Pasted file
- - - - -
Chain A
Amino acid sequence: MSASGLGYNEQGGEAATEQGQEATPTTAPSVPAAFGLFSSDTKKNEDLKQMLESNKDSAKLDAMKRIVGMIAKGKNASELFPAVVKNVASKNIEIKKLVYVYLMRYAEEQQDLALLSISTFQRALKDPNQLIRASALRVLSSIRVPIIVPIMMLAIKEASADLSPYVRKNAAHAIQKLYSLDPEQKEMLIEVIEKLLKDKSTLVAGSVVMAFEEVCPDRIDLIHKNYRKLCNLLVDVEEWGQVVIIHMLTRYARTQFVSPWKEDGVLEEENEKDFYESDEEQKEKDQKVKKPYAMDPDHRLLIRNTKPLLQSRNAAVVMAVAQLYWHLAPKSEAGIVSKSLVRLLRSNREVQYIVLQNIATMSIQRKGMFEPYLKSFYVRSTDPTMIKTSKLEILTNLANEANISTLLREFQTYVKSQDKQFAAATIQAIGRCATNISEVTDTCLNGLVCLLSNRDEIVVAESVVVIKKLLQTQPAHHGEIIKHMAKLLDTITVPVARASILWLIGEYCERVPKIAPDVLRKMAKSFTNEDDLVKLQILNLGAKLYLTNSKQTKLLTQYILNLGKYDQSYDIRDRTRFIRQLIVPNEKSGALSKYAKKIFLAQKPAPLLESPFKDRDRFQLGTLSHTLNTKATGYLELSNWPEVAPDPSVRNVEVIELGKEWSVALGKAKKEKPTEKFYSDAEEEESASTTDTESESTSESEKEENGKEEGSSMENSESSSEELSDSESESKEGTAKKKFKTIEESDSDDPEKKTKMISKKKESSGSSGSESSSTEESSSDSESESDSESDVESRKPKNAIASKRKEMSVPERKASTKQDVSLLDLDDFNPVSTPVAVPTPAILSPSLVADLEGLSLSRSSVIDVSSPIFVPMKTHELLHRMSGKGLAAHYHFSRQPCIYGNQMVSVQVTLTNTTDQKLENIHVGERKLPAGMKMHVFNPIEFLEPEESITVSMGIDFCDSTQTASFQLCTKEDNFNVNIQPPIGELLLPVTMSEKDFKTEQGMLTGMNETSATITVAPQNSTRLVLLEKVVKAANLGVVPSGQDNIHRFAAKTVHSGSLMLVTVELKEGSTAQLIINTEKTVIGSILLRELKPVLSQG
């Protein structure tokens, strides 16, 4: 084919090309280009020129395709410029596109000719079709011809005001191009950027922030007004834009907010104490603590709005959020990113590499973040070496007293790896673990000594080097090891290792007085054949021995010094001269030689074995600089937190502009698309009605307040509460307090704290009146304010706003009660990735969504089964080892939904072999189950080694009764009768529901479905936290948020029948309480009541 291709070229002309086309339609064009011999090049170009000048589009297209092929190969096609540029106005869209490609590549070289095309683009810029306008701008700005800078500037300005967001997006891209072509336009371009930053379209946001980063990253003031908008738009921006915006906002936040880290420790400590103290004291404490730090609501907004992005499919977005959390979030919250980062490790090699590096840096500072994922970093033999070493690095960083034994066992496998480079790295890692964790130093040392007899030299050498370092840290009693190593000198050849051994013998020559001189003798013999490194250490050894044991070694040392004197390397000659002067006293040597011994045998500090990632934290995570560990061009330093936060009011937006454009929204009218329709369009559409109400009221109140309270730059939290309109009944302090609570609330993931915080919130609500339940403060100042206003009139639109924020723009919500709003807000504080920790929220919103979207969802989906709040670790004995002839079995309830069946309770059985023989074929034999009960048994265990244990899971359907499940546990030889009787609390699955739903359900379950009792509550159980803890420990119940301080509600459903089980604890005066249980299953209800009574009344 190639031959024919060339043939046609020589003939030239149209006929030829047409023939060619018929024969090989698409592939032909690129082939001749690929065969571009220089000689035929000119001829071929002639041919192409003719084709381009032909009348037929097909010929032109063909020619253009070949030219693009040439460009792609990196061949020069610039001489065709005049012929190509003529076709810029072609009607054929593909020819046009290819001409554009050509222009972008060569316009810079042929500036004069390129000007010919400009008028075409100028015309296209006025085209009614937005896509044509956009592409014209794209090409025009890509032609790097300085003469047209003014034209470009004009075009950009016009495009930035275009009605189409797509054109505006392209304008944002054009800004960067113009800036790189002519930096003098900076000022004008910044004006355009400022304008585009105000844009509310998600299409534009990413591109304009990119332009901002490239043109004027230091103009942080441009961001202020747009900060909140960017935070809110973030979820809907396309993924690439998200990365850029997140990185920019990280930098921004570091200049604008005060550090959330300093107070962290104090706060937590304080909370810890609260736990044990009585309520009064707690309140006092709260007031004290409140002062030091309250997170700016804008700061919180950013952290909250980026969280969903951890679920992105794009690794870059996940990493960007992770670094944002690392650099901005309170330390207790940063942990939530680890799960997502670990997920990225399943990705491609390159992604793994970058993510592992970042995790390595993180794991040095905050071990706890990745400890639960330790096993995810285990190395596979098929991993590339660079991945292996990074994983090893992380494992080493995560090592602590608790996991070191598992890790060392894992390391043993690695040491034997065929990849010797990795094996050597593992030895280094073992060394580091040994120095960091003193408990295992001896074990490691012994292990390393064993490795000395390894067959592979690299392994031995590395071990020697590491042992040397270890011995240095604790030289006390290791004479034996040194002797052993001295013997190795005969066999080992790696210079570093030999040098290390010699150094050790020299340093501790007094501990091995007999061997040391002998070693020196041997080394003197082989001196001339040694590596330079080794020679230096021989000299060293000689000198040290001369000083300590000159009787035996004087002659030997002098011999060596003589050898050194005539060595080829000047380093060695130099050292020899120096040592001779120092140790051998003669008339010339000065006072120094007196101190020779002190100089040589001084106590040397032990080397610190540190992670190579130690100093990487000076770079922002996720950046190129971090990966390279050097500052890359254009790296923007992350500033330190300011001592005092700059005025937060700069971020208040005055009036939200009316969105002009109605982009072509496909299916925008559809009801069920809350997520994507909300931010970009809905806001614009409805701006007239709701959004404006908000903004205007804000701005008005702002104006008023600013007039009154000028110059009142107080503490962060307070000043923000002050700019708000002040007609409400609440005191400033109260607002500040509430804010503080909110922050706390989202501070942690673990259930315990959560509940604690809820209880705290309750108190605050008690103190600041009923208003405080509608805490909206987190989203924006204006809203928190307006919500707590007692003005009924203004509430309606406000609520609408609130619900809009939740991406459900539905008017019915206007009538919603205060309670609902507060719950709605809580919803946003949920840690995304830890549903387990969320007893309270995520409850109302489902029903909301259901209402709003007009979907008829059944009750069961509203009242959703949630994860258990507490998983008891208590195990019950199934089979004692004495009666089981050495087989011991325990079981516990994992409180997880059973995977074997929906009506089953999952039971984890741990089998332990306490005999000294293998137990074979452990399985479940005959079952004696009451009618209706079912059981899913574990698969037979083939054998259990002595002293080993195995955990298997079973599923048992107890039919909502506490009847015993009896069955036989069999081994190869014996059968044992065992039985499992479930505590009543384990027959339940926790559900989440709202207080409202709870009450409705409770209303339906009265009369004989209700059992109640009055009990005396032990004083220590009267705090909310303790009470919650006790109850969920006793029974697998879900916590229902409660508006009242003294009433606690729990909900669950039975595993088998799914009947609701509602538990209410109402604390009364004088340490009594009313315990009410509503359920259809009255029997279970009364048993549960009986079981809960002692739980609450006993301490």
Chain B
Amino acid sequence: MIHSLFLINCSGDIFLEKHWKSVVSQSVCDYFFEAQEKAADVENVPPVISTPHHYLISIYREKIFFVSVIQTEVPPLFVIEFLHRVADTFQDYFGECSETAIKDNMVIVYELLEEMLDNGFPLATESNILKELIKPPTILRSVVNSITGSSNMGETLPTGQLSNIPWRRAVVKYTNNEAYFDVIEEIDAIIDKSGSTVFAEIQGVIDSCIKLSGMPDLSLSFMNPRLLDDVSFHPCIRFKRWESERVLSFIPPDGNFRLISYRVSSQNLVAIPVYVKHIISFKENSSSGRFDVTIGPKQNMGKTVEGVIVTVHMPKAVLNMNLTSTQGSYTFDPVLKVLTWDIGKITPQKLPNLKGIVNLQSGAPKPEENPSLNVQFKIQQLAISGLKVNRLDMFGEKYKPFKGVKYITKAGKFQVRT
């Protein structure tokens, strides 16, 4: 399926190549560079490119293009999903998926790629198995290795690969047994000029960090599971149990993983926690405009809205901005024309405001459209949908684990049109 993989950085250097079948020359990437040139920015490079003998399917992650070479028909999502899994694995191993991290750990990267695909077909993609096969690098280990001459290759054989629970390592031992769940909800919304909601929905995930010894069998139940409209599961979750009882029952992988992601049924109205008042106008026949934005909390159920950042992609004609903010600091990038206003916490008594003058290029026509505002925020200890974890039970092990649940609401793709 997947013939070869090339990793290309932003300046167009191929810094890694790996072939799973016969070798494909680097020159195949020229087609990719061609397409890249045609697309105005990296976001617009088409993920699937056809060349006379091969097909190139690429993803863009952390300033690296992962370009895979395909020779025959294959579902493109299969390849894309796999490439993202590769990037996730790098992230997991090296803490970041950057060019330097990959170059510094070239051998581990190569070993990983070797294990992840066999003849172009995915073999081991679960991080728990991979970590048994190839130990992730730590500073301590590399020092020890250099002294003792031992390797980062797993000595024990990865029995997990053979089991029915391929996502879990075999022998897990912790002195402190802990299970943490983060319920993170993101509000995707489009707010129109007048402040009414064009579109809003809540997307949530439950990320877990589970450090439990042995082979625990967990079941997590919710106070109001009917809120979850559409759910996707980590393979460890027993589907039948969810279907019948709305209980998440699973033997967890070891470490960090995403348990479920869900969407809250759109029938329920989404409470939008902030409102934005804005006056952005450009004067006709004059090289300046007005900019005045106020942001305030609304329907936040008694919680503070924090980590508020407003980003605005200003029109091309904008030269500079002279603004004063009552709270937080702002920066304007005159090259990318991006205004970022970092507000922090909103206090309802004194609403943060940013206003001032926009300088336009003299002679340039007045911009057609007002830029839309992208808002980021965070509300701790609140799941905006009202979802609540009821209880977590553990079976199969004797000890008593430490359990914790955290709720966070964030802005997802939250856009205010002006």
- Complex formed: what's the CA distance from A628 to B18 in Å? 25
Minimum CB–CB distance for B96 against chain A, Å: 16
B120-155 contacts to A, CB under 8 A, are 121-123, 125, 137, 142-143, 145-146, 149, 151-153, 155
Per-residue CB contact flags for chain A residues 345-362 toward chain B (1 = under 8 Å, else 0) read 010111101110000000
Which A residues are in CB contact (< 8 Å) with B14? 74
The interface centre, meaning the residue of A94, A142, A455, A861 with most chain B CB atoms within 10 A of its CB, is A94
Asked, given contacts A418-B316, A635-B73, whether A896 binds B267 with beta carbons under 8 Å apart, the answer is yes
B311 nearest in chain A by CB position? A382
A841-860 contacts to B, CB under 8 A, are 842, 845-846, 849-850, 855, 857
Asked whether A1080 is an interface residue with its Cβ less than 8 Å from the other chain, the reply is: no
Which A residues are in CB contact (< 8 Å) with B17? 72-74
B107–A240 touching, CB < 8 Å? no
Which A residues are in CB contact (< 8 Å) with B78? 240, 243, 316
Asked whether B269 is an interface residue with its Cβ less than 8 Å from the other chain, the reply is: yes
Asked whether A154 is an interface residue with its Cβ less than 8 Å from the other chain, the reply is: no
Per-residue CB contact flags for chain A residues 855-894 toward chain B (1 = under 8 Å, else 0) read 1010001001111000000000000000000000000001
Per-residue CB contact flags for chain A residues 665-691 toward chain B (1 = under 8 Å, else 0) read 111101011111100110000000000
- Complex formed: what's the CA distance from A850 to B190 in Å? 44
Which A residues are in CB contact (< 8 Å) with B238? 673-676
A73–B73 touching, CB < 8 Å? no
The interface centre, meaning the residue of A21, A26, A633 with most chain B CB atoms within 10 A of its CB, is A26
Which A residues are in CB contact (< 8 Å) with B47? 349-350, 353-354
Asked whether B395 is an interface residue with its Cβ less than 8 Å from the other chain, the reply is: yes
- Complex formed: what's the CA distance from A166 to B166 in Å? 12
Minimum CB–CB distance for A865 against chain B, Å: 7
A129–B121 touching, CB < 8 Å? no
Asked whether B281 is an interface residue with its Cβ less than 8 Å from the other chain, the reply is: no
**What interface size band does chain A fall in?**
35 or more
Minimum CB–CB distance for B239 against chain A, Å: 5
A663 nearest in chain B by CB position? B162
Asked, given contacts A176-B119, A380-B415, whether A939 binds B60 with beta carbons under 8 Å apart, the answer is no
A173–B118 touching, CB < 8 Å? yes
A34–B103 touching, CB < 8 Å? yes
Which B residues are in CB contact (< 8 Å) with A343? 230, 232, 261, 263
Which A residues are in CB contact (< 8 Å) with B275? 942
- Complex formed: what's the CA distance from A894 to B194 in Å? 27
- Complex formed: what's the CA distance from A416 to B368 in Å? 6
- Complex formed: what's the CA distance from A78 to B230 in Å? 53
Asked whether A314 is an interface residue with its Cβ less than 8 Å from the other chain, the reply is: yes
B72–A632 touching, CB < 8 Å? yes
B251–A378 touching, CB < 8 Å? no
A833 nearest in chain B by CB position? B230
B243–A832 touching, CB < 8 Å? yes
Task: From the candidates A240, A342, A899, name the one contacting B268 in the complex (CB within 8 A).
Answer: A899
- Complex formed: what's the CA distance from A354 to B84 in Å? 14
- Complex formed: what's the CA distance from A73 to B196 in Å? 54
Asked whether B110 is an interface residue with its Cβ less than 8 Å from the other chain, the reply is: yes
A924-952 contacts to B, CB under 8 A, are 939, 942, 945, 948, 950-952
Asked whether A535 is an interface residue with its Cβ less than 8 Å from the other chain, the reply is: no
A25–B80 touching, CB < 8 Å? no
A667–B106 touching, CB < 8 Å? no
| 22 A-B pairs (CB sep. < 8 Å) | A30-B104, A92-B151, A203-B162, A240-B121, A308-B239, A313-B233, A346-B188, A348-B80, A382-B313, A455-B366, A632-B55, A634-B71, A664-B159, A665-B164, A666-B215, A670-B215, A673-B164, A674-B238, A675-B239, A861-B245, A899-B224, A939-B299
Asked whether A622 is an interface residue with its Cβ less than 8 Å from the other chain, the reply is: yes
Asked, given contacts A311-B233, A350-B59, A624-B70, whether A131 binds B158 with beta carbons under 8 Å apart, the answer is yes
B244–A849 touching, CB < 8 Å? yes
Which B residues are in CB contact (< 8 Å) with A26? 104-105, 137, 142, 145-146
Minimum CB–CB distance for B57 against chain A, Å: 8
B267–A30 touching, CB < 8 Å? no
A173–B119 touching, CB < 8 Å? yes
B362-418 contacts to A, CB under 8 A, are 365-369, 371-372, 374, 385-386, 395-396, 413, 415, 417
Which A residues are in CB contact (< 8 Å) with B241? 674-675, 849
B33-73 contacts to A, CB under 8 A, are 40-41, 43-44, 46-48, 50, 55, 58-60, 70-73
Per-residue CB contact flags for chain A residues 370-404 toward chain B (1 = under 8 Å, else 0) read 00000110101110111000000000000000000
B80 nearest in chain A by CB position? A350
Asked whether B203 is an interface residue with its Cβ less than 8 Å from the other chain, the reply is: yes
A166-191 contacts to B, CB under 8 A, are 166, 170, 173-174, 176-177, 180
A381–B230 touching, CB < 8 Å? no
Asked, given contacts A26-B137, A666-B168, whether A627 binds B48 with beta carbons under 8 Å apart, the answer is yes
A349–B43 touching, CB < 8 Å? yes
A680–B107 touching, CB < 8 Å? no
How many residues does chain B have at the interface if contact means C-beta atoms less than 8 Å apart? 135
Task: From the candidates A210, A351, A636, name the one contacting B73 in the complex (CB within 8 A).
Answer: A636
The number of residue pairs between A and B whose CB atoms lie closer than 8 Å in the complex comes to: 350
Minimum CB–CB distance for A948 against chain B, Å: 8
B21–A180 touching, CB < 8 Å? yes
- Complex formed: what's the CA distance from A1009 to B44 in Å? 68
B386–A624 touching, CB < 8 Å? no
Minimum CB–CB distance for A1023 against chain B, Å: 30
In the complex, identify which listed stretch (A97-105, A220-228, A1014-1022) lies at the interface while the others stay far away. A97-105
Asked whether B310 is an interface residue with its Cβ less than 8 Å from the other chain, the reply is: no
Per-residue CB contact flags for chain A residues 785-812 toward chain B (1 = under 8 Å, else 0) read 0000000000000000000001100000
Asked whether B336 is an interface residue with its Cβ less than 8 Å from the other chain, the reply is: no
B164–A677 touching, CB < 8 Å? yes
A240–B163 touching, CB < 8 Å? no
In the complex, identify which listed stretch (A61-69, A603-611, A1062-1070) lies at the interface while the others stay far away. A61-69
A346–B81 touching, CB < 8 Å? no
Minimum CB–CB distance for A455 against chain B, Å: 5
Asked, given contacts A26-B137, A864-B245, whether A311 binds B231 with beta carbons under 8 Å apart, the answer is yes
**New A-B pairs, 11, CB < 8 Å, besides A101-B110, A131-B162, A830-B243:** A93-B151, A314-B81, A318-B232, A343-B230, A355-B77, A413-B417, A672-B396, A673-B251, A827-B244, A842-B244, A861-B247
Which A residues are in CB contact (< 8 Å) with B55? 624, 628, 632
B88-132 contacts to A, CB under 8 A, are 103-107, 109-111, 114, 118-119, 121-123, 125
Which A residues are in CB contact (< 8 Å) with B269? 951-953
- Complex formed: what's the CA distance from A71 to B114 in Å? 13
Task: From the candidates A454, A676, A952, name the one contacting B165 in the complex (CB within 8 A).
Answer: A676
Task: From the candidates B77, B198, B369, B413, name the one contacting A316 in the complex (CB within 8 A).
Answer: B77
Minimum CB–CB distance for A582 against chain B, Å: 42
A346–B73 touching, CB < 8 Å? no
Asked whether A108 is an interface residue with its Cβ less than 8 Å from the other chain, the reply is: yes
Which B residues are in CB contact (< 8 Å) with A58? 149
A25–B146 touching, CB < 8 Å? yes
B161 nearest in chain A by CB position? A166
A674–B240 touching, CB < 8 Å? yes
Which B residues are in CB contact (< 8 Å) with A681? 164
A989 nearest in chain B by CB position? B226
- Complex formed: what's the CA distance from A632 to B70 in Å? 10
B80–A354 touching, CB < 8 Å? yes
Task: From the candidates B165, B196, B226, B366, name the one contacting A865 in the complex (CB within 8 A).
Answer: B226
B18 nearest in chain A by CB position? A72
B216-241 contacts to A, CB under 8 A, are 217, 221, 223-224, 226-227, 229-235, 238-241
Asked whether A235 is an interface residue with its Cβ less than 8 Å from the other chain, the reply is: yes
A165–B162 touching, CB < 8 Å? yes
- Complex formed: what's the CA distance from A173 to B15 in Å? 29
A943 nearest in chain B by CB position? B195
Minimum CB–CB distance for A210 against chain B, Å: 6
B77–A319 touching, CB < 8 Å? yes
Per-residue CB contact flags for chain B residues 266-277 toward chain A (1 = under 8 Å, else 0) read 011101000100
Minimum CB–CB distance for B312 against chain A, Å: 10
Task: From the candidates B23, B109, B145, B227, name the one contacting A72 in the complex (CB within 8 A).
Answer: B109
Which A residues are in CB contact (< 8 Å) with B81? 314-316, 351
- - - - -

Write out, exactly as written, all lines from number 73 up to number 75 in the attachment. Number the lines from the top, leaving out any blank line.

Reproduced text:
Asked whether B203 is an interface residue with its Cβ less than 8 Å from the other chain, the reply is: yes
A166-191 contacts to B, CB under 8 A, are 166, 170, 173-174, 176-177, 180
A381–B230 touching, CB < 8 Å? no